My first few hours in Taipei were a jet-lagged haze. Nearly a full day at airports and on planes with almost no sleep, and a 12 hour time difference from the East Coast, and I felt like I was about to fall over.

But one moment stands out very clearly in those blurry memories; standing in front of the big picture window in the common room of my hostel, way up on the thirty-something’th floor of a skyscraper in downtown Taipei. I could see out over the city, the train tracks, and all the way to the foggy jungle-covered mountains in the background, and my soul just started souring. I had finally made it. I had finally arrived. Not just in Taiwan, not just in Asia, but in this moment of infinite possibilities and adventure that those places had always represented to me. I’d dreamed of traveling since I was a little girl, and finally, here I was living out my ream.

The entire world was in front of me, waiting for me to take it on.

Four years later, as I stumbled through the airport, still slightly hung over from my going away party, waiting for the last flight I’d take out of Taiwan, I knew that there was no more perfect place I could have spent those formative years of my life.

Choosing to move overseas and teach abroad was the best decision I could have made with my life, and if I could go back in time, I’d do it all over again in a heartbeat.

Before I left for Taiwan, I was pretty lost in my life. I’d gone to college for four years just like you’re supposed to, majored in neuroscience with a pre-med concentration, and had a plan to go on to medical school. My junior year, I had studied abroad for a year in England, and fallen in love with travel. The thought of going back for one more year of school, stuck in the little college town in rural Pennsylvania, filled me with dread, never mind the thought of spending the next five years of my life pouring through textbooks and medical charts.

I stayed in denial for as long as I could, though, over halfway through my senior year. I even bought textbooks to study for the MCAT, convinced I was just going to power through with my plan. I ignored my mounting tension headaches, insomnia, and increasingly frequent migraines all through senior year, until a few months before graduation I started to crack.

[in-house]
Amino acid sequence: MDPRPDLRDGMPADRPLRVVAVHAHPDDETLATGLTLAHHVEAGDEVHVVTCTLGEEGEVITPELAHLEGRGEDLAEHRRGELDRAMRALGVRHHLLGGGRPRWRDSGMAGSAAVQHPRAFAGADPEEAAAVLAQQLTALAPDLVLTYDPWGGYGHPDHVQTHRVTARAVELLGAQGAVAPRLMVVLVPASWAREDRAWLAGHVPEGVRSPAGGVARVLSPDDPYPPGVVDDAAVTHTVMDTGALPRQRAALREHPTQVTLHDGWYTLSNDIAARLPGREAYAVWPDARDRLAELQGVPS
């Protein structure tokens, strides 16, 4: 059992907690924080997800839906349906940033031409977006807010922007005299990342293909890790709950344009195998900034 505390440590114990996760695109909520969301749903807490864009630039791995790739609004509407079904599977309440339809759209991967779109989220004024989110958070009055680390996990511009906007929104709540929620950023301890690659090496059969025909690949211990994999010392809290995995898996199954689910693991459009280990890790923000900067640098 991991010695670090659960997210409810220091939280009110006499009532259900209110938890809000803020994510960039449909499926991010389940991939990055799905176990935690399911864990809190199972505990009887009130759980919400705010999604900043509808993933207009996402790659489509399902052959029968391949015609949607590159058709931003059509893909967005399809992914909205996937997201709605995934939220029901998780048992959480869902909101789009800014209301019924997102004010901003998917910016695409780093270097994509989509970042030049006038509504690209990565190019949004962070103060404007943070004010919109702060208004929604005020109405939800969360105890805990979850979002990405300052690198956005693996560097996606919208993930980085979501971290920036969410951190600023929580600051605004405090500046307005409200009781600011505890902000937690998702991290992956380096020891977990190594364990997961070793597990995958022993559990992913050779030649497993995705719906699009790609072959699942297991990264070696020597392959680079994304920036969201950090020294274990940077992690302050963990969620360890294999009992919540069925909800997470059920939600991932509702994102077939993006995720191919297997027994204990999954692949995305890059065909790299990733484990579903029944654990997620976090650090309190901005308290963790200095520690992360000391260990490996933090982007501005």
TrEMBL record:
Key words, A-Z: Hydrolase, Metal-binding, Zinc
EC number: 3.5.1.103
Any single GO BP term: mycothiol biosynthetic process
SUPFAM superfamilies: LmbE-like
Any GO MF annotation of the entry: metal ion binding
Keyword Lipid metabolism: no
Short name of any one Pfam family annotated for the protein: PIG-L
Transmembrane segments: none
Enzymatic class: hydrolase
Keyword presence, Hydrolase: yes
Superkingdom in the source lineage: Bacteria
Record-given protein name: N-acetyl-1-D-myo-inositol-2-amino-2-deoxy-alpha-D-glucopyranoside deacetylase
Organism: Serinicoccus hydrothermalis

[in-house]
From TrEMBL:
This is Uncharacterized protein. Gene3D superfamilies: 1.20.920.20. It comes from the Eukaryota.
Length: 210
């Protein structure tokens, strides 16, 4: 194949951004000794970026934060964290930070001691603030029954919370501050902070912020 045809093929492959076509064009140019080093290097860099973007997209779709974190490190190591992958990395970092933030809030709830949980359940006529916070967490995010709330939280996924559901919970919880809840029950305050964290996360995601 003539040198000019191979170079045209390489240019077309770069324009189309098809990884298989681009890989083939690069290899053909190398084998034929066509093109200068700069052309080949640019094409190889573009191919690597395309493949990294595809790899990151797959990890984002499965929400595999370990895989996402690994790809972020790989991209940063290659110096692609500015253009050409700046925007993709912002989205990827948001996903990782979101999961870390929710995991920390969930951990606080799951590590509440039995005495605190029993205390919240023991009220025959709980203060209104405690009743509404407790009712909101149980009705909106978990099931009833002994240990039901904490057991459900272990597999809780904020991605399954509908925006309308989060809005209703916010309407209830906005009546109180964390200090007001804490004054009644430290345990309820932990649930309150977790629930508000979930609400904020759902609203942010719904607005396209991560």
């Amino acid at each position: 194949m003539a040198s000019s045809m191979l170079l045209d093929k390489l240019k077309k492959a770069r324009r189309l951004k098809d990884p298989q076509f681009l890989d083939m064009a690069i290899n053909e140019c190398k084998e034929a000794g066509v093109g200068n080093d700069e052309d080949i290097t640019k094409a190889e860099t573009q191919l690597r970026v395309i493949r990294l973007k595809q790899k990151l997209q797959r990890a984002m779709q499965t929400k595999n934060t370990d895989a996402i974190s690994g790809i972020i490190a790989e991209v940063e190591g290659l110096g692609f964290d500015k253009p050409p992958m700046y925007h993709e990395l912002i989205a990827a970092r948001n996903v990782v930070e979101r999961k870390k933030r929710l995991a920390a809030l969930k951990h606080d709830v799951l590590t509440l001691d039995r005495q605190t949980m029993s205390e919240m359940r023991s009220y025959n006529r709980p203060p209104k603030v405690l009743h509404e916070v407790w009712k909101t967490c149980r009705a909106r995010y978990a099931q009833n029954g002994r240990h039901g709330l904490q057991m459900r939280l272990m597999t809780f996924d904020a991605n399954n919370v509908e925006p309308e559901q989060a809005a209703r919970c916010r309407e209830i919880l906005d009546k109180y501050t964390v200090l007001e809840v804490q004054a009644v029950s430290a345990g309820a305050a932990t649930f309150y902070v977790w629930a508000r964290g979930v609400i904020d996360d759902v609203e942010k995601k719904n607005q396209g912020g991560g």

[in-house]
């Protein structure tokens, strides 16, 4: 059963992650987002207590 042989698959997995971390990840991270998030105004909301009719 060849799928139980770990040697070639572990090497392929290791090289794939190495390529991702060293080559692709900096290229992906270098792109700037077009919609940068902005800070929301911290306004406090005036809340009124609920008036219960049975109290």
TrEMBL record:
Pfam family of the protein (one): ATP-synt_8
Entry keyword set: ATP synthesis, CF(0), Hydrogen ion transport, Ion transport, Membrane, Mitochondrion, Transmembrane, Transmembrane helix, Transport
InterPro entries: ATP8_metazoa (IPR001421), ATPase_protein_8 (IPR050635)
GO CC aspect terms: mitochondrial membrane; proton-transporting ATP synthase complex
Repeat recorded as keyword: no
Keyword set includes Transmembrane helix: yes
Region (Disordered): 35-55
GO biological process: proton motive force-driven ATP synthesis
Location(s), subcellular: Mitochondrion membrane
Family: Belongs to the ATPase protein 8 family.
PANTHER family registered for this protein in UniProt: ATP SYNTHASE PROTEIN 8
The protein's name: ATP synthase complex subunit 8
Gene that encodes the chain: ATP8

The tension headaches were literally constant, a pressure and dull ache that stayed with me every second, except when I was eating, which only made my stress-eating worse. I’d find myself losing interest in the physics and biology textbooks I needed to read for my classes, and instead pouring over Chinese language textbooks my roommate had lent me.

I was fast approaching the deadline for signing up for the MCATs and applying to medical schools, and every time I sat down to get serious about it all, my mind would blank out, my headaches would get unbearable, and I’d end up wasting an hour or two half-assedly clicking through medical school websites before giving up on it until tomorrow.

I knew, deep down, that I had to do something different. I also knew that I was clinging so desperately to this path of medical school, residency, and being a doctor because if I took that plan away, I had absolutely no idea who I was or what I wanted to do with my life. It was terrifying, to think of the future being completely unknown. But the “known” was making me pretty miserable.

My roommate and good friend, who had let me borrow her Chinese textbooks, started telling me that I ought to take a year off to travel. I looked into it, and was more and more drawn to teaching ESL abroad. I started seriously researching how feasible it would be for me financially, where I would want to go, and how to find a job.

It only helped my decision that I was graduating in 2009, at just about the worst time for new graduates to be entering the job market. Bypassing that mess by moving overseas for a year or two seemed to make more and more sense.